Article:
A few told Capital FM News that the initiative will go a long way in reducing crime and other terrorism related activities.
Most of those interviewed had already registered their lines at the close of the deadline at midnight Monday.
“There are thieves using these phones and if they are registered, it will make it easier for police to track down criminals. This issue that you need to send money because you have been kidnapped will be long gone and forgotten as a result of this initiative,” one person stated.
“I registered my lines in time. Everything is good and I ushered in the New Year with pomp and style.”
According to the CCK, the move will discourage vendors from selling sim cards without first registering them.
“There are people who are really complaining that their sim cards are not working. They are saying that their M-Pesa accounts have been blocked and they do not know what to do,” another shared.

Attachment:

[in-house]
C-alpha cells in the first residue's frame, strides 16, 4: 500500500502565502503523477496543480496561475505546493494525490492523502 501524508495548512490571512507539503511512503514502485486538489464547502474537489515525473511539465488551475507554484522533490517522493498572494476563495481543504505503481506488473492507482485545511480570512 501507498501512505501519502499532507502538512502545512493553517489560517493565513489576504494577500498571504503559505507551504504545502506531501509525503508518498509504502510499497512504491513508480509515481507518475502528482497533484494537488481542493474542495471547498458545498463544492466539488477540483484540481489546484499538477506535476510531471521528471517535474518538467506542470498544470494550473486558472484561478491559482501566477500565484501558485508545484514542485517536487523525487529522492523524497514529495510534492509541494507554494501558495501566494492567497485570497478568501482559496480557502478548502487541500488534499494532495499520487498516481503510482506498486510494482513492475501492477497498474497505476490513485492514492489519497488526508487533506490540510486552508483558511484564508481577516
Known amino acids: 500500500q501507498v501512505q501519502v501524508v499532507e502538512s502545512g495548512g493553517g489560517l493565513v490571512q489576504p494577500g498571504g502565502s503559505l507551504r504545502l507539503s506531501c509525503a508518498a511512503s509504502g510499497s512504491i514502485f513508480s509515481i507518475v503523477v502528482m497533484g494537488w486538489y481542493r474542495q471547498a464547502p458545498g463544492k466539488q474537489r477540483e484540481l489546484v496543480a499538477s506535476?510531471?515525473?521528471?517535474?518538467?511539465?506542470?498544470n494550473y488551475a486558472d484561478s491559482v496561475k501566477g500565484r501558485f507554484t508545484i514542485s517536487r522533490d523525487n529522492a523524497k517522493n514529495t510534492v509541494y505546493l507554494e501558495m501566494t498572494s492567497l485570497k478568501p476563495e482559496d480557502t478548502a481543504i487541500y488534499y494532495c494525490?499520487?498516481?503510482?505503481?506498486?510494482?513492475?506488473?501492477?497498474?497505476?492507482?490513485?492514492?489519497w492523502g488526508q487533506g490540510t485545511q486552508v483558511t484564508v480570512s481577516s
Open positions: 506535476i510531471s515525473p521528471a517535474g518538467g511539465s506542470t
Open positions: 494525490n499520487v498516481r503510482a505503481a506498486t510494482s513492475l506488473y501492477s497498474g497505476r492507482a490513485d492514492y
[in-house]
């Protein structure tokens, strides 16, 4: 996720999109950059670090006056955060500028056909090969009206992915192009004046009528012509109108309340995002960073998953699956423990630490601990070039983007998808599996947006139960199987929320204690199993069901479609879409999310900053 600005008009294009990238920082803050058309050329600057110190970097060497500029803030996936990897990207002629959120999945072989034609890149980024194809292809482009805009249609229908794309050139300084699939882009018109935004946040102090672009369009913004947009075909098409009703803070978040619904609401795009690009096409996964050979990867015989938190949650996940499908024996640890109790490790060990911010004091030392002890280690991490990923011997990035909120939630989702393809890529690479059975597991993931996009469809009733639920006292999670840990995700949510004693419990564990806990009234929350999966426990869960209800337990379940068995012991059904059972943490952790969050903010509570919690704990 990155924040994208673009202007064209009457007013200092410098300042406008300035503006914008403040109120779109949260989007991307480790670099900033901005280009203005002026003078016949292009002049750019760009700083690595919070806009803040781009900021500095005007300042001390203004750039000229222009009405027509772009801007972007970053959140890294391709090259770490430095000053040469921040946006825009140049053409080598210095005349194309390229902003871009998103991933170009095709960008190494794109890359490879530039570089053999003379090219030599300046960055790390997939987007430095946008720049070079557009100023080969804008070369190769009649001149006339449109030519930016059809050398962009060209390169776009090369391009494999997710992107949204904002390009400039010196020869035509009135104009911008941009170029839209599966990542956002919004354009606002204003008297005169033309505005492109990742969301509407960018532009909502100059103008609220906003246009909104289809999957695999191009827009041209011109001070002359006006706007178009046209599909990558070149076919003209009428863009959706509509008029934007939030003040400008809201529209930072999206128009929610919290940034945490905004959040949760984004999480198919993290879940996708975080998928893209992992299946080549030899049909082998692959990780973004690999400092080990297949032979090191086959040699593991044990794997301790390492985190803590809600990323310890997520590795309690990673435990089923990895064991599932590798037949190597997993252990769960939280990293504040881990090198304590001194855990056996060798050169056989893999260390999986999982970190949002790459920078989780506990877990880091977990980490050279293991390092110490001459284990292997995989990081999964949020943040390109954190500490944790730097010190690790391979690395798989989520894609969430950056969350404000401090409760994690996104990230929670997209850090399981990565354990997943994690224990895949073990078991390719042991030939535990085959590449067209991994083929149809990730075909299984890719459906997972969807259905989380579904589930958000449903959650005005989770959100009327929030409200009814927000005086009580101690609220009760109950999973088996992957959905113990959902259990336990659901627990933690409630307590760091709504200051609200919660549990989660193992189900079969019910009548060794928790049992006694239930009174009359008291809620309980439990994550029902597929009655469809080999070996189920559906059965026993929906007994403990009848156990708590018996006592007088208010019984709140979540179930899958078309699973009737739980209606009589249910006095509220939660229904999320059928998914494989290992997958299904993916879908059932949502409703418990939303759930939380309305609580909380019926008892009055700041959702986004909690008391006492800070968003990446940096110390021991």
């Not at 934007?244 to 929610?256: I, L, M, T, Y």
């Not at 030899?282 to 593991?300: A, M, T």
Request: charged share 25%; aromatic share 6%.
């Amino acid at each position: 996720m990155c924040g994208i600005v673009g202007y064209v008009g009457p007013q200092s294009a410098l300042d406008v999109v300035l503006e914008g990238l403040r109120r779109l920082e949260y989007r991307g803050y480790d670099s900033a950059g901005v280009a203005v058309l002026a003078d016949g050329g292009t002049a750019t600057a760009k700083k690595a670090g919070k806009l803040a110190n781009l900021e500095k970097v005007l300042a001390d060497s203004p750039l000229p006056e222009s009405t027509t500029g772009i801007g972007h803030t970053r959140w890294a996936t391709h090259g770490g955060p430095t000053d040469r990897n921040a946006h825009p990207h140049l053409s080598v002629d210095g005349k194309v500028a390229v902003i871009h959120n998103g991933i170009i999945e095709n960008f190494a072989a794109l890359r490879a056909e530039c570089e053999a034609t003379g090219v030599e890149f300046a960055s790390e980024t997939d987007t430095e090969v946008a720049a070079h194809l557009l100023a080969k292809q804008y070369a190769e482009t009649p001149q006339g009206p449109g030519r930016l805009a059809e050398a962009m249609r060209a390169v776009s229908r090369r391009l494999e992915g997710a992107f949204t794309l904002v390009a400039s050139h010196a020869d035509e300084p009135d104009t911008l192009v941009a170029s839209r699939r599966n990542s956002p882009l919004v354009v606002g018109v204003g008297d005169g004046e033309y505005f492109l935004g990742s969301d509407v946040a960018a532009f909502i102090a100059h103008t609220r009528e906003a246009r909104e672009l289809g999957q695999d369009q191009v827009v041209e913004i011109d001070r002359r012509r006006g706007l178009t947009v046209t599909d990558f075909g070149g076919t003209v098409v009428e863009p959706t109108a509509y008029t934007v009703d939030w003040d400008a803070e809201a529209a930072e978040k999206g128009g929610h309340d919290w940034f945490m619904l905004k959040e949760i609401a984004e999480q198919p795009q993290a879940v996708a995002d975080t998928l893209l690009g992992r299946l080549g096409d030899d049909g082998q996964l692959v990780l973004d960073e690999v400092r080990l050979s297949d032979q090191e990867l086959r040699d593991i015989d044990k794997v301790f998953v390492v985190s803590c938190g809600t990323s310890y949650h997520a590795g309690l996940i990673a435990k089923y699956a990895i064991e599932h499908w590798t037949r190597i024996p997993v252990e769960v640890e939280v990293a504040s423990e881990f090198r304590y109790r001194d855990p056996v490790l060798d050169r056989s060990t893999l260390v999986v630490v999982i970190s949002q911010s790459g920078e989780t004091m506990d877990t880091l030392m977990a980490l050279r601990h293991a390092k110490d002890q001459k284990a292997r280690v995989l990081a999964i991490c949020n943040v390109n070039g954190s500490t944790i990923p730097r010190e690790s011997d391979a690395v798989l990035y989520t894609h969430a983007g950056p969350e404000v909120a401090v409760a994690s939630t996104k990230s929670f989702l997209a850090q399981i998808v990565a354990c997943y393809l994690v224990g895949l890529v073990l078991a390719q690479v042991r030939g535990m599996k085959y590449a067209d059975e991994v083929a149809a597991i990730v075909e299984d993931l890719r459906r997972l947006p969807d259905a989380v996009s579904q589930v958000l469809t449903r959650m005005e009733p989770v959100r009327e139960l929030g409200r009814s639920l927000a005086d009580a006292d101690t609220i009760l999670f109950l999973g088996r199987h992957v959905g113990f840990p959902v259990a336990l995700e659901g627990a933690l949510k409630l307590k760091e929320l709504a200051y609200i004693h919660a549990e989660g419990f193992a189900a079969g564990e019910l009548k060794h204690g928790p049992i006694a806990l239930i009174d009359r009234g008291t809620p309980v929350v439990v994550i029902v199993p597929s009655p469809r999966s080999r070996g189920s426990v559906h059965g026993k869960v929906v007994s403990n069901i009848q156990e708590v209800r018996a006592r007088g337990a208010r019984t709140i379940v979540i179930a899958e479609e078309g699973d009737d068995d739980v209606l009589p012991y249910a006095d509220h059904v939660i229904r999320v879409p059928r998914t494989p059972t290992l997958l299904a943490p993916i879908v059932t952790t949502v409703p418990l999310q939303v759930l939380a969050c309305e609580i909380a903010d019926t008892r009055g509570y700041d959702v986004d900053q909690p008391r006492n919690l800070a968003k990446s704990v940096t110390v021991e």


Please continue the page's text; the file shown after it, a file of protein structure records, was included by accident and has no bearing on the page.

This is the commission’s second attempt to block unregistered sim cards after a 2010 attempt was derailed by a lack of laws to support the process.
Figures released by the communications commission show that at least 80 percent of all mobile phone users had registered their sim cards ahead of the switch-off by CCK.
CCK Consumer and Public Affairs Director Mutua Muthusi ruled out an extension of the registration deadline Monday.
He added that suspended sim cards that will not have been registered at the end of 90 days will be de-activated permanently.
He explained that the process will make it easier for law enforcement agencies to track down criminal activities and to minimise hate speech.
CCK had authorised mobile operators to switch off nearly 1.5 million unregistered sim cards.
The move follows the switch off of an estimated one million handsets at the end of September 2012.